Don't worry, it's a common problem with 99% people in my social dancing venue no matter the genre (ballroom, salsa, kizomba, wcs, tango ...) yet nobody seems to be noticing it ... so you might be among lucky ones that actually have a good dance teacher

In my BR days long ago, we did lots of drills for warmup that nobody actually explained why and we hated them ... actually many of them I didn't find in BR teaching videos so I don't know how much they are used in other areas, some of them might be brought / adjusted from other genres, ballet in particular

It's mostly due to your balance/core problems in dancing ... for instance when you run, weight change is instant, you actually spend a fraction of the second in the air ... but you were running since the childhood and your body is used to do that and you are not afraid of falling. In dancing, movement is different than in ordinary life and the body is not used to it, so it's afraid of falling, so transition from one foot to another is taking more time, until your body is sure that your balance is established on other foot and that you won't fall ... faster the dance, bigger the problem

Drills are quite simple, just boring (like most drills). First practice standing alternatively on just one leg. You can do it while waiting for the bus and in similar occasions. Change from one foot to other, paying attention that your body resist deforming under changed force that throws you out of balance. Then try to minimize time for weight change not ruining the balance. Then incorporate some rise and fall (used in BR standard) into this exercise (lower, change to other foot, back to normal / rise, change to other foot, back to normal). Then instead of changing weight with feet together, make wider step. To the side, forward, backward ... then make a closed box out of it. Make even larger steps, incorporate sway (which is metronomic like action of the body while doing larger steps to avoiding falling-over) ... paying attention to balance whole of the time. Practice slower and faster. If it's standard, you need to maintain straight spine and don't settle on the hip. If it's latin, you incorporate hip action in the exercise. Eventually you body will get used to it, your inner core muscles will become more active and your balance will improve and weight shift time will decrease. And ask for some further tips from the teacher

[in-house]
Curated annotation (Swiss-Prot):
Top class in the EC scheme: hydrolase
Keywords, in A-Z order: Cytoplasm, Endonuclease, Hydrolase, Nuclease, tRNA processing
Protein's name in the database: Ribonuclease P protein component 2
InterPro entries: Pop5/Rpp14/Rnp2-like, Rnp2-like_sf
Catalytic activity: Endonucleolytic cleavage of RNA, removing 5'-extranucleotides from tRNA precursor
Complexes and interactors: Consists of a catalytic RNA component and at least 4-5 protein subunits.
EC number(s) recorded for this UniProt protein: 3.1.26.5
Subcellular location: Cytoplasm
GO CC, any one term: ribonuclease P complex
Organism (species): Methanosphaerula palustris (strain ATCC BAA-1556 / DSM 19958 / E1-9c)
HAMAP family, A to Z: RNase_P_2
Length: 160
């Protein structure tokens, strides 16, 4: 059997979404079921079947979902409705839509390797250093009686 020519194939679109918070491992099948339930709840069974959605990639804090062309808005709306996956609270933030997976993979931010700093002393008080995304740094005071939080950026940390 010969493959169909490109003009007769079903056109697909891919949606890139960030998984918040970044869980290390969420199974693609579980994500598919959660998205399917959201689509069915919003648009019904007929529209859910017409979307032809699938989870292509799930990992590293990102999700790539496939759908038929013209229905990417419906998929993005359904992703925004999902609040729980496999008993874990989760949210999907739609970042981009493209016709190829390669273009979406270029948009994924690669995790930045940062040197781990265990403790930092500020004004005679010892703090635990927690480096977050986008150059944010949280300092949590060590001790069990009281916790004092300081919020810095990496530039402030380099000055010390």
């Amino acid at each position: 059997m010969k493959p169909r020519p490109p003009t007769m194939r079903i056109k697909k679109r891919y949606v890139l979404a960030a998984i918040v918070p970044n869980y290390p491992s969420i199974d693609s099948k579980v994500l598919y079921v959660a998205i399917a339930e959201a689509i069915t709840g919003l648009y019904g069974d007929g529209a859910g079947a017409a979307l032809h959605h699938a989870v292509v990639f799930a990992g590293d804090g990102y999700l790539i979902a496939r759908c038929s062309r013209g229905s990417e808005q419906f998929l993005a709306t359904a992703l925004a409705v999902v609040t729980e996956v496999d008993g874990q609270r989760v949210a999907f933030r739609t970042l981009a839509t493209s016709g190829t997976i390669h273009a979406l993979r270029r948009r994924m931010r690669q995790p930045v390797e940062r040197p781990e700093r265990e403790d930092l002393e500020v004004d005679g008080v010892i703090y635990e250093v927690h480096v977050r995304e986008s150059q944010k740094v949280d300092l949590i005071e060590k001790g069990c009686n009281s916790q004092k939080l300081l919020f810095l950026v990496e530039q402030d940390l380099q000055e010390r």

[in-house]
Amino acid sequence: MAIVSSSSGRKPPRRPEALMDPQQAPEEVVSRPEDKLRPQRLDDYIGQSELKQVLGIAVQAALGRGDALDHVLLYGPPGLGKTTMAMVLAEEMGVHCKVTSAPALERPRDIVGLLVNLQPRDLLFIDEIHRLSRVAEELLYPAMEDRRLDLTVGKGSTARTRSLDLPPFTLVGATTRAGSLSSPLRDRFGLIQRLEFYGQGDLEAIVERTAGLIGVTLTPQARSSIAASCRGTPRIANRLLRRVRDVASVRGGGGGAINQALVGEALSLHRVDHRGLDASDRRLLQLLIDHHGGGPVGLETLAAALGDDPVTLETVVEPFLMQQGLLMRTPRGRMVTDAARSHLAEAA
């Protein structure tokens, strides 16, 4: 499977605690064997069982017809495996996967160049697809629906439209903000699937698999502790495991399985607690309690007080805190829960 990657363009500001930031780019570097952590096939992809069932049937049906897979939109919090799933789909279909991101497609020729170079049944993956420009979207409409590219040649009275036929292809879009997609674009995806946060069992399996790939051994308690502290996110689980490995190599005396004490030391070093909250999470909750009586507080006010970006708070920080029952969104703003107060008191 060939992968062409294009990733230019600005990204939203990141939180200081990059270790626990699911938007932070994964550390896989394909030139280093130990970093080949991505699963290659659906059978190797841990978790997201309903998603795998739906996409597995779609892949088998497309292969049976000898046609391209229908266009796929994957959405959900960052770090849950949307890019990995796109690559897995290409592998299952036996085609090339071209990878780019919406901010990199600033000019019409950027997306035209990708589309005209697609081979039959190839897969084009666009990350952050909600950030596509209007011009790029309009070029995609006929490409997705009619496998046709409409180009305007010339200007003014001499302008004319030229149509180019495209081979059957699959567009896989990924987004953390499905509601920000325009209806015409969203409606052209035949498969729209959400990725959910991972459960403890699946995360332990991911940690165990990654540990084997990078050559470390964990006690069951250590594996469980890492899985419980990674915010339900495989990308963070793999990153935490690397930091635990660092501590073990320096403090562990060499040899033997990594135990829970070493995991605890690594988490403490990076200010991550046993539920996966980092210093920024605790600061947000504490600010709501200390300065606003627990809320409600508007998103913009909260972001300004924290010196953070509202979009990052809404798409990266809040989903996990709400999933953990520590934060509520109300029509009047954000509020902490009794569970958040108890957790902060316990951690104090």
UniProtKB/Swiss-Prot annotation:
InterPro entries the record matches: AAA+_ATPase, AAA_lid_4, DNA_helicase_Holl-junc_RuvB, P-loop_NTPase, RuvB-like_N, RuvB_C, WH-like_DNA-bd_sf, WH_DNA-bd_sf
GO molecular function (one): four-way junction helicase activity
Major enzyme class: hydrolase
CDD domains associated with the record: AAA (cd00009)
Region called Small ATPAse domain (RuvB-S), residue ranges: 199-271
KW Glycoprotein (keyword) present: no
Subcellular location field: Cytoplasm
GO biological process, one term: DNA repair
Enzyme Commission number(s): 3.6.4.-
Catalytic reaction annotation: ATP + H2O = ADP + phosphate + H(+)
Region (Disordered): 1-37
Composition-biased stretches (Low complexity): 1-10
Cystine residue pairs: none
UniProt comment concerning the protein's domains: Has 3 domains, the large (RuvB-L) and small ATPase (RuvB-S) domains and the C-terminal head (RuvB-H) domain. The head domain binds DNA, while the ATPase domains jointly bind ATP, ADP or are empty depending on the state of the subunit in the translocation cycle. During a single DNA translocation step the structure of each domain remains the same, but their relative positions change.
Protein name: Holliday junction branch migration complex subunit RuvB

Be aware that improvement is really slow, at first you won't notice it and you will hate the drills just like me ...

Other things for improving the core are also useful (pilates, yoga etc)

There are further things to improve about usage of the feet, ankles etc, depending on the genre ... it's what most dance teachers are only aware about ... but in my experience, they are much easier to solve than above because there are much more muscles in the core involved than in the legs

Without that, you can't swing properly in BR, you can't make spins, you can't have nice body movement in latin, and for the follower, it's hard to lead, because you never know where is her balance and is on both feet too long so hard to change her direction and lead anything ...

Just my opinion, take it or leave it ...
Last edited:


Active Member
OP asked (emphasis mine):
"I was wondering if anyone had any drills or advice on how to get quicker at shifting my weight from foot to foot."
Yes, I missed that part of the sequence, because second part of the OP post was concentrated on drills

Since there are not comments on them, it looks others are not familiar with drills that I mentioned ? I don't believe that teachers in my area invented them, it's just that I don't remember seeing them in teaching videos that I have (mostly english - G Hearn etc)

Dance Ads